Informal Feminism

{December 27, 2010}   Happy Holidays!

I want to begin this post by saying Happy Holidays to everyone; I hope that you enjoyed your celebration if you celebrate. If not then hopefully there was time to visit with family and friends. In this week’s post what I want to address is the term happy holidays.

            I would like to start by pointing out that I don’t believe that feminism should only be targeted around women specific issues but that it should incorporate greater social issues and in this vein I would like to address the racism I have seen surrounding this holiday season. This stems from a post that I have seen circulating on facebook, it states: “We can’t say Merry Christmas; we have to say Happy Holidays. We can’t call it a Christmas tree, it’s now called a Holiday tree??? Because it might offend someone! If you don’t like our “Canadian Customs” and it offends you so much then LEAVE!! They are called Canadian customs because we live in Canada and WE HAVE OUR OWN TRADITIONS!! If you agree with this, please post this on your status and MERRY CHRISTMAS EH!”

I have had more then one friend post this status and it is inevitably followed by a barrage of ignorant comments telling people who celebrate other cultures to go home. As a Canadian, born and raised, I remember being taught in school that our country is made up of many different cultures and that we should celebrate this fact. We are part of multi-cultural society and as such we house a diverse set of cultural traditions, not just Christianity and Christmas.

It is always at this time of year that I hear this commentary being used. I hear lots of people who are offended that Merry Christmas has been replaced by Happy Holidays, in some places. This post represents the feeling of some citizen’s that Christmas is a Canadian custom. However, as a country that celebrates itself for its diversity and not for being a melting pot; Christmas is not a Canadian Custom. Christmas is a choice and is based out of religion, not state. I personally know several people who do not celebrate Christmas because they are from different cultures and to state that these people should go home because they do not celebrate your traditions is racist. A person should have the right to say whatever greeting and celebrate however they are comfortable.

This post shows that people seem to feel as if they are under attack, what they don’t seem to notice is that regardless of whether someone decides to say happy holidays or merry Christmas, Christmas is shoved down your throat at every turn during the month of December. When I leave the house I see Christmas specific decorations, every store and restaurant has a Christmas special. Christmas is everywhere regardless of the greeting. Then people have the gull to be upset that other cultures want the tiniest concession of respect.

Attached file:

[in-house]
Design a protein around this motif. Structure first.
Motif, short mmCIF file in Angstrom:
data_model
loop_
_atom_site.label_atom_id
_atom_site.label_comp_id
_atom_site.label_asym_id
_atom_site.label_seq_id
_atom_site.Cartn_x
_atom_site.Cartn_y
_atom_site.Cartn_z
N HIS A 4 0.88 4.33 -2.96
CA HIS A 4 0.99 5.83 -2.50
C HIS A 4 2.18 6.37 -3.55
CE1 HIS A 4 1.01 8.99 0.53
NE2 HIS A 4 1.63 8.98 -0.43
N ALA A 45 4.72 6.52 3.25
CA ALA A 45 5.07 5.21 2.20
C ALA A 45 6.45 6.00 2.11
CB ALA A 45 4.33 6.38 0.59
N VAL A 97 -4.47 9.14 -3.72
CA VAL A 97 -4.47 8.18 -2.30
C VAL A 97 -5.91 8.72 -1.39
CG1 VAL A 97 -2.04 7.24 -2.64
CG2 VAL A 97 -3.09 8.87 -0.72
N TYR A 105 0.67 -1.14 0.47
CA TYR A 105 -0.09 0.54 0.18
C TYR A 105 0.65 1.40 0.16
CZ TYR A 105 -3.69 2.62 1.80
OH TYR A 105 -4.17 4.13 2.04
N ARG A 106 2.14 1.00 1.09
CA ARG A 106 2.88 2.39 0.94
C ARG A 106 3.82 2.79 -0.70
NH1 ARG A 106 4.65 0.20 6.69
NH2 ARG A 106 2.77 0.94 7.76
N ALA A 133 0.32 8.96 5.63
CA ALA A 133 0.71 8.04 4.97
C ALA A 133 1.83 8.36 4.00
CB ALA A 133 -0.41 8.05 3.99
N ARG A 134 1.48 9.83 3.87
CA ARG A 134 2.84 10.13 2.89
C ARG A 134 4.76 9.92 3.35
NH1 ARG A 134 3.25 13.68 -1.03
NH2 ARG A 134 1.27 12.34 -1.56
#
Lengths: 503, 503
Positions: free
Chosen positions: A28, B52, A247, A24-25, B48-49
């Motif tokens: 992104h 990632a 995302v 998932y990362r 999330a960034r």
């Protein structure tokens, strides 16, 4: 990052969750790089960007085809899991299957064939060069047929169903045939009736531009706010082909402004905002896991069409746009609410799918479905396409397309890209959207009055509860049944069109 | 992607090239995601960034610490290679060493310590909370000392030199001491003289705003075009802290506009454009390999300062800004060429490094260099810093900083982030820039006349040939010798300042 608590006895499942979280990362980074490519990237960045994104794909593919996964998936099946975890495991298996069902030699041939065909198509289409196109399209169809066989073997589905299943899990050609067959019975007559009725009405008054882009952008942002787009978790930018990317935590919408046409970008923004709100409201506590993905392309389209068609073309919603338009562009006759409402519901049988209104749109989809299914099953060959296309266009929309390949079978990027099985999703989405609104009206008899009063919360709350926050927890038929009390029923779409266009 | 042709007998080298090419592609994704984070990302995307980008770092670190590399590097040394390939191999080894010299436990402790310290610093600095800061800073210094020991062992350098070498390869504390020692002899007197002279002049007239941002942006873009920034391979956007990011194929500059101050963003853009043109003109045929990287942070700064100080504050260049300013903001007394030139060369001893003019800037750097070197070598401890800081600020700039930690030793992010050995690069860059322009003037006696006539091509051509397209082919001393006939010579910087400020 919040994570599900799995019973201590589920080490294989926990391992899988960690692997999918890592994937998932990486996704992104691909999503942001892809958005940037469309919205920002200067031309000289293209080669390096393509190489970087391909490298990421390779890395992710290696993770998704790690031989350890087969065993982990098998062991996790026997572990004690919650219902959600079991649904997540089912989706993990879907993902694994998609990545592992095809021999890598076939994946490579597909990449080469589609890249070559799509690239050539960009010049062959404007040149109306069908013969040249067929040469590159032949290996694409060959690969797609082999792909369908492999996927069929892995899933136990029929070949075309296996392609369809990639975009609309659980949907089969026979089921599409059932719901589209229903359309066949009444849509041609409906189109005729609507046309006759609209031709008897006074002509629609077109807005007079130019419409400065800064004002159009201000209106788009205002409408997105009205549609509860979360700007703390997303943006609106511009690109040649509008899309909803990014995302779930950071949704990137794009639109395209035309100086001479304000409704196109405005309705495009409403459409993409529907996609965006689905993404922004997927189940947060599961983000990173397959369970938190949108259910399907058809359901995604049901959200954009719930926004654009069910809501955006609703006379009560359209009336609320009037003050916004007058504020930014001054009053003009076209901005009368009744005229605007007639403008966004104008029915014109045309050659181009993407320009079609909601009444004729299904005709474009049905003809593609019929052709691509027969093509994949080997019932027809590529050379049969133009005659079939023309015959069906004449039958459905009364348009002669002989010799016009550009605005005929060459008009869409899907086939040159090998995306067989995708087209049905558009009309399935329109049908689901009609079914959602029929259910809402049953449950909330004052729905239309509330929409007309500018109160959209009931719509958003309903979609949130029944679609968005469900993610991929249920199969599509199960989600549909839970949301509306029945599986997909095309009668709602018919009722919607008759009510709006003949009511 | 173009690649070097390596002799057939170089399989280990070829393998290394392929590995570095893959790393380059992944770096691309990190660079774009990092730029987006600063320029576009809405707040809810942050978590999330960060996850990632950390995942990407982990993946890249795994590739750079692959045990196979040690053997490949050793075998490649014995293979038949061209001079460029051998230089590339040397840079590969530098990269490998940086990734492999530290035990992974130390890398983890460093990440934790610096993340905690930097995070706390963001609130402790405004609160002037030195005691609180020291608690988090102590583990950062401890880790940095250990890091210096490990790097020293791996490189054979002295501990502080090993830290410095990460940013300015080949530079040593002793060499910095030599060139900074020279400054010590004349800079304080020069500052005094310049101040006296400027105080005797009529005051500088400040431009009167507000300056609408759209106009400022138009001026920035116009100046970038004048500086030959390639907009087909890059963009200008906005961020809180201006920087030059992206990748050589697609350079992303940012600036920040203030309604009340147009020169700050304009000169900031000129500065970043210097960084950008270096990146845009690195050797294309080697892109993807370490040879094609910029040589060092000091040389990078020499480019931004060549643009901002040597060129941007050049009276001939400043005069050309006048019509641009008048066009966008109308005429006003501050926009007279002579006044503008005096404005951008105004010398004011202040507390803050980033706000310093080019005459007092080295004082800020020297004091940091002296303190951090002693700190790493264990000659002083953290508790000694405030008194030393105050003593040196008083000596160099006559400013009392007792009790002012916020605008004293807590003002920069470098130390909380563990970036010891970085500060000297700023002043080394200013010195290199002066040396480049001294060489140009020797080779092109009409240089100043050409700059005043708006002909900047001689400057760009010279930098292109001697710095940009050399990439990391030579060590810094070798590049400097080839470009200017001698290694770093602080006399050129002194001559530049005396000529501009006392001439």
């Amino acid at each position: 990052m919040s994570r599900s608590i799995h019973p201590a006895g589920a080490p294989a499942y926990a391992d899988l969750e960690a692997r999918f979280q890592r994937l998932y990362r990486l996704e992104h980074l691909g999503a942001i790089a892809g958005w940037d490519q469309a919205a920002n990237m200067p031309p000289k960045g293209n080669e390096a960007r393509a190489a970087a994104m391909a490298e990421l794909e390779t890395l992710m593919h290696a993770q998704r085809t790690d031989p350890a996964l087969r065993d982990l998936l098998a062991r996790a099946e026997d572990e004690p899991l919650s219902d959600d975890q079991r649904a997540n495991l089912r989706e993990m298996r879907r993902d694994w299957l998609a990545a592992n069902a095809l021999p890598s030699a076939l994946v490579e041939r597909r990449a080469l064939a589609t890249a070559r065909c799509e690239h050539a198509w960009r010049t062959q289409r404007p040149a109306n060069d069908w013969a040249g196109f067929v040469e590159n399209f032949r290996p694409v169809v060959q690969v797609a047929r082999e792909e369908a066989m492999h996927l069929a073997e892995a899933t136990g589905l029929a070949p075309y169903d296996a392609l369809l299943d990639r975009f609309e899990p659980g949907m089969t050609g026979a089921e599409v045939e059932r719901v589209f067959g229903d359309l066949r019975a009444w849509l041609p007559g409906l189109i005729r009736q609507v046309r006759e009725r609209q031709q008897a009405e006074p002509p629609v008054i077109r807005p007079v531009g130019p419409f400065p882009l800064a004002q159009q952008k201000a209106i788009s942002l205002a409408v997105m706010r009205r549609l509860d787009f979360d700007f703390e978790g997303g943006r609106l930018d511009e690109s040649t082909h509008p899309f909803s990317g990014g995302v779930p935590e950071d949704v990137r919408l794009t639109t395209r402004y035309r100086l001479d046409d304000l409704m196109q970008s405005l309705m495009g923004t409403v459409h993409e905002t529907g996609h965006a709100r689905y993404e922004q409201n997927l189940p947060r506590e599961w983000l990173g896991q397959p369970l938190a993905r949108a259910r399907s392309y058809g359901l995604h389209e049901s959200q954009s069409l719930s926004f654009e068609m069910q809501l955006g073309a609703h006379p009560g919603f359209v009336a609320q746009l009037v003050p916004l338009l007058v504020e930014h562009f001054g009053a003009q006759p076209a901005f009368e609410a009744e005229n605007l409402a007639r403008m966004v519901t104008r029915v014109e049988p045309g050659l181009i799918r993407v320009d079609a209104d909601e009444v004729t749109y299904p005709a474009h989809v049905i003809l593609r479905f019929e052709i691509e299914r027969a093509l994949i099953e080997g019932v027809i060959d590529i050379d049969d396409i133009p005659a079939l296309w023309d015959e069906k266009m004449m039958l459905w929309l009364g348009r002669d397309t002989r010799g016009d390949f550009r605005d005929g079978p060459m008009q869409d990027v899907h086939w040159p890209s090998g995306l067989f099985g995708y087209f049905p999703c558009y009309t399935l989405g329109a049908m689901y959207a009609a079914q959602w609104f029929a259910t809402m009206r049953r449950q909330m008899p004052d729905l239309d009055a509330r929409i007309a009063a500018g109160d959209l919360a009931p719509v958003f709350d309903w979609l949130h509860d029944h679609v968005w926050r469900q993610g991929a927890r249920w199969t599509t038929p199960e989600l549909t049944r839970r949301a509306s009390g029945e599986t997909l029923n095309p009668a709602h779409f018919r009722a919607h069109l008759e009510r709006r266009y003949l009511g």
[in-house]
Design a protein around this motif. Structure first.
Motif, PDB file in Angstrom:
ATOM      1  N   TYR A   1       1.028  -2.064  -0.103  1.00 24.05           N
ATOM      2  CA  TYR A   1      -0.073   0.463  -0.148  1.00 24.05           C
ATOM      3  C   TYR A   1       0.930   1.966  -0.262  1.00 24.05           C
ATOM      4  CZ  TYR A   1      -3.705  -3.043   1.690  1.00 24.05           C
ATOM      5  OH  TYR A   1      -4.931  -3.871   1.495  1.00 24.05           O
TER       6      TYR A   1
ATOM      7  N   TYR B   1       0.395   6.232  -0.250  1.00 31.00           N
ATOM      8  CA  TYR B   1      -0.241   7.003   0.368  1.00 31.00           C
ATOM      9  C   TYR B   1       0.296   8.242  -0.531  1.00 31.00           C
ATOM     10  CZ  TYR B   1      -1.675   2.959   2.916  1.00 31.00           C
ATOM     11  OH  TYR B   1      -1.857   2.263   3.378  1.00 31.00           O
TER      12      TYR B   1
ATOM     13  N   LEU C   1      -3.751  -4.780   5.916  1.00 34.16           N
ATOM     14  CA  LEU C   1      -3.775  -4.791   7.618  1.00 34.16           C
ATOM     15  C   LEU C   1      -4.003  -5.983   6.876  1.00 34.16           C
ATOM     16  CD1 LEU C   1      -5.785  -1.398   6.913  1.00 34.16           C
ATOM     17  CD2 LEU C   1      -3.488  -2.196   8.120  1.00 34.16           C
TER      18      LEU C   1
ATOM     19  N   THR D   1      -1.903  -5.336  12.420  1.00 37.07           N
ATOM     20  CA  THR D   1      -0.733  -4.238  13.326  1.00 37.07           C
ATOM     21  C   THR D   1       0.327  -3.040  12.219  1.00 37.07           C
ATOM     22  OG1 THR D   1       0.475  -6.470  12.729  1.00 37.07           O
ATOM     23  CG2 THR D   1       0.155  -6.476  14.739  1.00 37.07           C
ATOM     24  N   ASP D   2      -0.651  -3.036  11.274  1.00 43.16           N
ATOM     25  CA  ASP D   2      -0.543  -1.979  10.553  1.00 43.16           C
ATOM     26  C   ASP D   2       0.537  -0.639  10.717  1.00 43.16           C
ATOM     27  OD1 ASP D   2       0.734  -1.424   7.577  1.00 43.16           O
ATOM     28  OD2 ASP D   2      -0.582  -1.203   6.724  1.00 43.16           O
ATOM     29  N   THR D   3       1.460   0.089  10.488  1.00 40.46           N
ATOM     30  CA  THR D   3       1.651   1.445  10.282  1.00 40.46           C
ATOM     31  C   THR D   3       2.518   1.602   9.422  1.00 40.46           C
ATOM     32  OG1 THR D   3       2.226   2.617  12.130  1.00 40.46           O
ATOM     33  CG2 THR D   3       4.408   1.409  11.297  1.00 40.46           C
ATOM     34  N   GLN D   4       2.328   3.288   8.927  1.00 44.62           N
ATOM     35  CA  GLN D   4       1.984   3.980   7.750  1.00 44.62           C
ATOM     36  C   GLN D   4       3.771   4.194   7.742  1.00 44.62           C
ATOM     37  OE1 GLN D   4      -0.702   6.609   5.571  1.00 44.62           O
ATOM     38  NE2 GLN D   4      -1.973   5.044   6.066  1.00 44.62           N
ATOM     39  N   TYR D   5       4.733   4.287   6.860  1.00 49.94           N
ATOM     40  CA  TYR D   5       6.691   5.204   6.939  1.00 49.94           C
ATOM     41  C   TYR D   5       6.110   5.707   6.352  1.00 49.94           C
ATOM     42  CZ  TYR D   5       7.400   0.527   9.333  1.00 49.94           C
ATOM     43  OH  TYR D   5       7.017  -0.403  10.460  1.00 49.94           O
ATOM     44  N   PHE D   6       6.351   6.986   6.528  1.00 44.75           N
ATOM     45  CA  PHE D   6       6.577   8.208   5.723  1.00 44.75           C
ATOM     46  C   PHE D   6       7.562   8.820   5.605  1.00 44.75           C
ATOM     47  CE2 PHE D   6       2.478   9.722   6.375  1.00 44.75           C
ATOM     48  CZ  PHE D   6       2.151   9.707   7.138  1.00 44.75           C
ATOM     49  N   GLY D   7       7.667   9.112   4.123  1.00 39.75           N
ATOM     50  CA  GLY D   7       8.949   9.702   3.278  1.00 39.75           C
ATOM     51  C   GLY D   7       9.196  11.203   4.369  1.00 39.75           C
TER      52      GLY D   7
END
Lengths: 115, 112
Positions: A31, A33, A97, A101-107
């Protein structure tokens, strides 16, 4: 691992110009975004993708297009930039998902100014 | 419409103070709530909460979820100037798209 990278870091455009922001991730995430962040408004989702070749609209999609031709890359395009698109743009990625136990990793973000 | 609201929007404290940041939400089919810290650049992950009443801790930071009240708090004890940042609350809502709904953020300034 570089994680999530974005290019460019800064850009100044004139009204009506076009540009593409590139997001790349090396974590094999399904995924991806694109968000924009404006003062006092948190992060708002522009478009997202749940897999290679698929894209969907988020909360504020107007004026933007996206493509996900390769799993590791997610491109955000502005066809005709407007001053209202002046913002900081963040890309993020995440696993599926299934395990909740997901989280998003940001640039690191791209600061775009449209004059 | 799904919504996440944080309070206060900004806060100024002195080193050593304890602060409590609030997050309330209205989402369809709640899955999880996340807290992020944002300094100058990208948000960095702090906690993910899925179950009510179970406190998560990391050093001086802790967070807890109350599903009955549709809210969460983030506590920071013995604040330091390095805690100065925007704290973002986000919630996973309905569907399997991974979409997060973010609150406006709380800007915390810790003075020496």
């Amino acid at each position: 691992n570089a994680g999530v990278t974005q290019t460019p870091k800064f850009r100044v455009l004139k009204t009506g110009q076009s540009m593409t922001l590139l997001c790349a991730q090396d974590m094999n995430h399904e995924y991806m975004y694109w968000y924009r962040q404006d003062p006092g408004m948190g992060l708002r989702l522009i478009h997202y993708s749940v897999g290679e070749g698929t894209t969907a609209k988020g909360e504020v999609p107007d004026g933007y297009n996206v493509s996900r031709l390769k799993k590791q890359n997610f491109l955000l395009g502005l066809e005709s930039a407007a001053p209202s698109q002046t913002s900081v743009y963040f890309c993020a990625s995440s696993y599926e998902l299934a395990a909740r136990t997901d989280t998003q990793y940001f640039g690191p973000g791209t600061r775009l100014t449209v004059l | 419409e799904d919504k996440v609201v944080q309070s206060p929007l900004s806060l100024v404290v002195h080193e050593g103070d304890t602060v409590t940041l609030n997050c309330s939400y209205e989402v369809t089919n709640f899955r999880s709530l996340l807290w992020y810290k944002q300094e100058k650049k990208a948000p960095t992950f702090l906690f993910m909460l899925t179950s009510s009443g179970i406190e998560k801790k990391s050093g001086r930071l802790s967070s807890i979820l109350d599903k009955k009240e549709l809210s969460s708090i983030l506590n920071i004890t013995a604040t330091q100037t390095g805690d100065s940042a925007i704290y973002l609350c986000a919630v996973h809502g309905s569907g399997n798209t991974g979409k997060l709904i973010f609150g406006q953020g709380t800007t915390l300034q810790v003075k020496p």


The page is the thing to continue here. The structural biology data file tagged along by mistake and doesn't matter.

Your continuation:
The anger around this post seems to stem from the idea that Merry Christmas is not being respected, but the people who replicate this status are disrespecting other cultures. They only thing that is being asked of people who celebrate Christmas is to offer the same respect to people who celebrate other traditions, as not everyone celebrates Christmas. To be able to afford these people the right to their traditions is the sign of a progressive culture. To make commentary bashing it is a dangerous sign.

What I think bothers me the most about this post is that people are not thinking critically about it. I know some of the people who posted it share my views on racism but they did not take the time to think about this statement before posting. That type of ignorance of an issue is what can lead to violence due to misunderstanding. That is how I see this fitting into feminism, many women suffer at the hand of racism and because of this targeting racism messages and calling them out is important. More people need to critically challenge the things that they think about posting or forwarding in e-mails, all these statements do is promote hate. Instead of fostering hatred of other culture, we should celebrate the diverse nature of other cultures and especially those who share our country. Doing this is a way to promote understanding, instead of culture bashing. The final thought I would like to leave you will is that this is just another example of Christianity forcing its ideologies on other cultures. Christmas might be prevalent in our country now but it was not always. It is a sign of the colonialism that formed this country, after slaughtering its Indigenous people and their traditions. I don’t want people to think that I believe that Christianity is the only religion to promote racism ideologies. The reason that this post focused so specifically on it was due to the nature of the original facebook post. Enjoy the rest of the holidays and I’ll have a new post next week.


Marnie says:

Well said.

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